Cédric Charlier took advantage of the French capital’s Indian summer to stage his show in the courtyard of the Belgian ambassador’s residence in Paris — though the space was missing the lush vegetation on his show invitation.

Instead, the greenery sprouted on a puff-sleeved zippered jacket, or kick-flared cropped pants, in an embroidered jacquard that melded a 19th-century parrot and pineapple print with tufts of yellow beads and hand-drawn odalisques. The baroque combination was born in Naples, where he designed the collection.

“It’s a country I like to visit for work and for pleasure,” said Charlier, whose collections are produced by the Italian fashion group Aeffe. “I wanted to talk about Italy, about what I felt, also about the Renaissance.”

Hence the smocked tunic and oversize striped shirts with puckered sleeves, though their historical connotation was not immediately evident. Archeological references translated into a graphic line print that appeared on everything from a sensually draped sundress to a mannish short-sleeved shirt.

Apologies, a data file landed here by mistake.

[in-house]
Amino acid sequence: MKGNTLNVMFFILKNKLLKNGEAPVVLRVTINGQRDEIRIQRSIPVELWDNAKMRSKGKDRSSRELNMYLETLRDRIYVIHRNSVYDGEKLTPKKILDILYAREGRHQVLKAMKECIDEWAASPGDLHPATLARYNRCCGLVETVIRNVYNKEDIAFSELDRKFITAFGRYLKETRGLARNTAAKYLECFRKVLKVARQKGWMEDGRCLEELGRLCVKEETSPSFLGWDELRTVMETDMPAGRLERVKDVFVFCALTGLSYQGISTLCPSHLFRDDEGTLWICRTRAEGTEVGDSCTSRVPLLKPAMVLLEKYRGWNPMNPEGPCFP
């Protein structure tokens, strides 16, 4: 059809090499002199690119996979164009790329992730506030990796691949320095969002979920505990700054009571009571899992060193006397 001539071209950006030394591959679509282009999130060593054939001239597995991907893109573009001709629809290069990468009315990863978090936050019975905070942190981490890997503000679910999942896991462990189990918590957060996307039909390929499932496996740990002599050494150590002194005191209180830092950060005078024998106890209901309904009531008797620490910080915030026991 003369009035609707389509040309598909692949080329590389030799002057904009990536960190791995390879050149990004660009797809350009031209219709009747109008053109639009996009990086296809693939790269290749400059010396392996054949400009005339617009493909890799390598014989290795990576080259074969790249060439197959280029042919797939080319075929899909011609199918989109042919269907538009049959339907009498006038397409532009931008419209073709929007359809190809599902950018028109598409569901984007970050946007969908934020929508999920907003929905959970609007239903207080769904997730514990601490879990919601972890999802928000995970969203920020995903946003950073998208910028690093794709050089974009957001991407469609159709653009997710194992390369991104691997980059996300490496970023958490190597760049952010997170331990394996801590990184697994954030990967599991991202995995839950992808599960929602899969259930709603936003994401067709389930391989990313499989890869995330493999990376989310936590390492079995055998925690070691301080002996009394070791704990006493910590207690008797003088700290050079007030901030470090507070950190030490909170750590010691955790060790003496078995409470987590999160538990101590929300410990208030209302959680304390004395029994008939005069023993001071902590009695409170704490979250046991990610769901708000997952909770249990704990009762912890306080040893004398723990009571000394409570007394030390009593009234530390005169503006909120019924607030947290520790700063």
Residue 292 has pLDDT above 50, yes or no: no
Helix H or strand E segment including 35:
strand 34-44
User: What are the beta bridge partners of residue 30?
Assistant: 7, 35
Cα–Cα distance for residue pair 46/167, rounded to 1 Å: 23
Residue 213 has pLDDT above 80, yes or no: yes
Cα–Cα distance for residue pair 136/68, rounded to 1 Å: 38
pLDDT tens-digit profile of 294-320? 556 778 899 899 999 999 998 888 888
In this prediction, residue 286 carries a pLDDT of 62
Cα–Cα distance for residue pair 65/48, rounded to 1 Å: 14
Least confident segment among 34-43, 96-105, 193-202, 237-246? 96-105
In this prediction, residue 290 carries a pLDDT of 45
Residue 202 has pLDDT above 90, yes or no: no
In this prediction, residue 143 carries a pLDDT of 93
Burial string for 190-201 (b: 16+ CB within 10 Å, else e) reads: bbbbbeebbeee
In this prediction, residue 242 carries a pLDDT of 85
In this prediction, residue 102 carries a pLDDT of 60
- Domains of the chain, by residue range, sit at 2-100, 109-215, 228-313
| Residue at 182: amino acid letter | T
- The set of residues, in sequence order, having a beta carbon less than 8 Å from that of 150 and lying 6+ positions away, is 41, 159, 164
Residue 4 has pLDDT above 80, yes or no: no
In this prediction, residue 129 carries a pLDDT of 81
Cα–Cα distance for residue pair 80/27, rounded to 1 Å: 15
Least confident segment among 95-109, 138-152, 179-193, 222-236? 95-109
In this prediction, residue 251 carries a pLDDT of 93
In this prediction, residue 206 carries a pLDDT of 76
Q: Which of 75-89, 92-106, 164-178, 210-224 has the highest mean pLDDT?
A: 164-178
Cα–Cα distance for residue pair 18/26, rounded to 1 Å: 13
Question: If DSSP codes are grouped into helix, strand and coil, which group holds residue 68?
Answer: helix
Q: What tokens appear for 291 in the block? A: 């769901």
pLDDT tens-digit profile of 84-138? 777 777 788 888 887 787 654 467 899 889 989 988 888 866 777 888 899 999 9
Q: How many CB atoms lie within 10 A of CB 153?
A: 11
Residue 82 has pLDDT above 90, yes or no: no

Charlier brought his androgynous leanings into the mix via workwear accents, such as the hickory-striped cotton used for a terrific dress that zipped open to reveal an Adonis-print silk underskirt. The suit shapes were less convincing, with their Chaplin-esque combination of shrunken jackets and hyper-baggy pants.

Italian, Belgian, French: Ultimately, it didn’t matter where the collection came from. These clever and wearable clothes had universal appeal.